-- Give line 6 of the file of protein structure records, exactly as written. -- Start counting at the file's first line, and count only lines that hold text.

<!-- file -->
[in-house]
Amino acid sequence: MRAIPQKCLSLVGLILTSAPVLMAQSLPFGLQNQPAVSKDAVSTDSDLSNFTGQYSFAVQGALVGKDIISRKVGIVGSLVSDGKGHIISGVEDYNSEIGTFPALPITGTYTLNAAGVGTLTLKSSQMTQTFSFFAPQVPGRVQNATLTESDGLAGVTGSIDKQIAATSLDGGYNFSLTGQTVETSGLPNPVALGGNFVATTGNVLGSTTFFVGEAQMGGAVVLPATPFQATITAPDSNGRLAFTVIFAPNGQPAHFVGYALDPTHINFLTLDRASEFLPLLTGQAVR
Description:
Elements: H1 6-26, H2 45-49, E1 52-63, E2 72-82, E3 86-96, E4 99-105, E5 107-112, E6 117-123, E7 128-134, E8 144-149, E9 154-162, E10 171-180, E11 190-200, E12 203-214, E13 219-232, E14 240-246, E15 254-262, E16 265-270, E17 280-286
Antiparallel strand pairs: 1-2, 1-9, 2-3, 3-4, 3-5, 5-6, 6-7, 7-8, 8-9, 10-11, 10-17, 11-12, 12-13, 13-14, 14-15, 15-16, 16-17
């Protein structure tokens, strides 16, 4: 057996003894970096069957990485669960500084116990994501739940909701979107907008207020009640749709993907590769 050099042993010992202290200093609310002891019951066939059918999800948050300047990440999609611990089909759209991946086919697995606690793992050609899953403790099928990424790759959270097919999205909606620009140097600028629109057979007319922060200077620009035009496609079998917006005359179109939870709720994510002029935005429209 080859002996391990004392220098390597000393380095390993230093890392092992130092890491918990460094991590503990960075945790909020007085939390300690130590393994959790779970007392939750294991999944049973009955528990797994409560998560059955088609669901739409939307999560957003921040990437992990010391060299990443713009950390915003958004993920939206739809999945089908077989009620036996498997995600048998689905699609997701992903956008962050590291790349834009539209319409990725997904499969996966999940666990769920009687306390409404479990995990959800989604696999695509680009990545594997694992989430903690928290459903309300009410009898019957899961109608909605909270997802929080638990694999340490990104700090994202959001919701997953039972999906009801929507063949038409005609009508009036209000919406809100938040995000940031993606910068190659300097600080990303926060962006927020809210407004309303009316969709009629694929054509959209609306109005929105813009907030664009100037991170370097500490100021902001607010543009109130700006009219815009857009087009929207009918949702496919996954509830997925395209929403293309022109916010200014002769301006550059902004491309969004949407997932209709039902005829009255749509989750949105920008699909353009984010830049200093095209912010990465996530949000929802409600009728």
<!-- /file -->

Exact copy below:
């Protein structure tokens, strides 16, 4: 057996003894970096069957990485669960500084116990994501739940909701979107907008207020009640749709993907590769 050099042993010992202290200093609310002891019951066939059918999800948050300047990440999609611990089909759209991946086919697995606690793992050609899953403790099928990424790759959270097919999205909606620009140097600028629109057979007319922060200077620009035009496609079998917006005359179109939870709720994510002029935005429209 080859002996391990004392220098390597000393380095390993230093890392092992130092890491918990460094991590503990960075945790909020007085939390300690130590393994959790779970007392939750294991999944049973009955528990797994409560998560059955088609669901739409939307999560957003921040990437992990010391060299990443713009950390915003958004993920939206739809999945089908077989009620036996498997995600048998689905699609997701992903956008962050590291790349834009539209319409990725997904499969996966999940666990769920009687306390409404479990995990959800989604696999695509680009990545594997694992989430903690928290459903309300009410009898019957899961109608909605909270997802929080638990694999340490990104700090994202959001919701997953039972999906009801929507063949038409005609009508009036209000919406809100938040995000940031993606910068190659300097600080990303926060962006927020809210407004309303009316969709009629694929054509959209609306109005929105813009907030664009100037991170370097500490100021902001607010543009109130700006009219815009857009087009929207009918949702496919996954509830997925395209929403293309022109916010200014002769301006550059902004491309969004949407997932209709039902005829009255749509989750949105920008699909353009984010830049200093095209912010990465996530949000929802409600009728």